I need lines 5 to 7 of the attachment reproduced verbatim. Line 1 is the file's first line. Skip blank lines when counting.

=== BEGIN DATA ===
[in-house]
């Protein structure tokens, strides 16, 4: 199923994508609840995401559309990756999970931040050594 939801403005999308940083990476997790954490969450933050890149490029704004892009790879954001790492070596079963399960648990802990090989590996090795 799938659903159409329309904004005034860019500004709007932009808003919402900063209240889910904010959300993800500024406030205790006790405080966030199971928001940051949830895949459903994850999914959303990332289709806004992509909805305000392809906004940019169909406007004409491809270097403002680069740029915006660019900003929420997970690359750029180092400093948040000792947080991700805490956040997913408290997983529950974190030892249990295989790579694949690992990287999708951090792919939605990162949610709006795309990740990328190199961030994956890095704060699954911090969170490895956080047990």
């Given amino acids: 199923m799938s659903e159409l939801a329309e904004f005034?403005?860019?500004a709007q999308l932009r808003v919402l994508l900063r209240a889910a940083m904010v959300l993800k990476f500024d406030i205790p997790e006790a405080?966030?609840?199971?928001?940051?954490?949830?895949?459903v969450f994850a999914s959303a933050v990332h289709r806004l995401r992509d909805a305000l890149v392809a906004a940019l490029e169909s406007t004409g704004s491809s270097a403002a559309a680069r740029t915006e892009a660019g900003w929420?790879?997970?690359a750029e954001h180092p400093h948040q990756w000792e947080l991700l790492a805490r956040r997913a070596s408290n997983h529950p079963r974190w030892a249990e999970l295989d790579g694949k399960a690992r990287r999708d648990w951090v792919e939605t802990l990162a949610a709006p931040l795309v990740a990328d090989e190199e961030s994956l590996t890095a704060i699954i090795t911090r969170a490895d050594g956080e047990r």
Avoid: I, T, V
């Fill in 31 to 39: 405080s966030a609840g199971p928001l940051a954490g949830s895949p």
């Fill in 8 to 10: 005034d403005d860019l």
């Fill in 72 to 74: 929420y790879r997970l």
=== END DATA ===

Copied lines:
């Fill in 31 to 39: 405080s966030a609840g199971p928001l940051a954490g949830s895949p």
């Fill in 8 to 10: 005034d403005d860019l």
């Fill in 72 to 74: 929420y790879r997970l």